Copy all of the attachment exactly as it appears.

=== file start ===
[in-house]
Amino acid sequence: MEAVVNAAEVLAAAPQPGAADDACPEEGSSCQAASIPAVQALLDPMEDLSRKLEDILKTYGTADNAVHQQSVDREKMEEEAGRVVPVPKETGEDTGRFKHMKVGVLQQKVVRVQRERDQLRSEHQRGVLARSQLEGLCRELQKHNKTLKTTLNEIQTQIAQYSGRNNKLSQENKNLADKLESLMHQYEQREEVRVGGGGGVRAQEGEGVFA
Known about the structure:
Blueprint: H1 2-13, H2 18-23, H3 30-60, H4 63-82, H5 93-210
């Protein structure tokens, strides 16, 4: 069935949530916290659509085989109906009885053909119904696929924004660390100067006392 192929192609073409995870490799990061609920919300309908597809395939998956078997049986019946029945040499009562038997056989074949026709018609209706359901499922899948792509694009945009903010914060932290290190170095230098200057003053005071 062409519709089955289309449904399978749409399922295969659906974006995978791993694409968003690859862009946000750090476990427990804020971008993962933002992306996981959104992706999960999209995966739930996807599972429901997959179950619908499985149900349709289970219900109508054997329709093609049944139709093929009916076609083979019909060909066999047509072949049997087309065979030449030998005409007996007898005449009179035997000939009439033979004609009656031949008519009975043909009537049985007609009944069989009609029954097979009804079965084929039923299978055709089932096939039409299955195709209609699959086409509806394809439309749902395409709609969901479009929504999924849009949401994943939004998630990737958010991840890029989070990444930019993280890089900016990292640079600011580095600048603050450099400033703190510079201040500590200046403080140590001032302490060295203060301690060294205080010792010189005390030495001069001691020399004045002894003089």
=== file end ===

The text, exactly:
[in-house]
Amino acid sequence: MEAVVNAAEVLAAAPQPGAADDACPEEGSSCQAASIPAVQALLDPMEDLSRKLEDILKTYGTADNAVHQQSVDREKMEEEAGRVVPVPKETGEDTGRFKHMKVGVLQQKVVRVQRERDQLRSEHQRGVLARSQLEGLCRELQKHNKTLKTTLNEIQTQIAQYSGRNNKLSQENKNLADKLESLMHQYEQREEVRVGGGGGVRAQEGEGVFA
Known about the structure:
Blueprint: H1 2-13, H2 18-23, H3 30-60, H4 63-82, H5 93-210
């Protein structure tokens, strides 16, 4: 069935949530916290659509085989109906009885053909119904696929924004660390100067006392 192929192609073409995870490799990061609920919300309908597809395939998956078997049986019946029945040499009562038997056989074949026709018609209706359901499922899948792509694009945009903010914060932290290190170095230098200057003053005071 062409519709089955289309449904399978749409399922295969659906974006995978791993694409968003690859862009946000750090476990427990804020971008993962933002992306996981959104992706999960999209995966739930996807599972429901997959179950619908499985149900349709289970219900109508054997329709093609049944139709093929009916076609083979019909060909066999047509072949049997087309065979030449030998005409007996007898005449009179035997000939009439033979004609009656031949008519009975043909009537049985007609009944069989009609029954097979009804079965084929039923299978055709089932096939039409299955195709209609699959086409509806394809439309749902395409709609969901479009929504999924849009949401994943939004998630990737958010991840890029989070990444930019993280890089900016990292640079600011580095600048603050450099400033703190510079201040500590200046403080140590001032302490060295203060301690060294205080010792010189005390030495001069001691020399004045002894003089």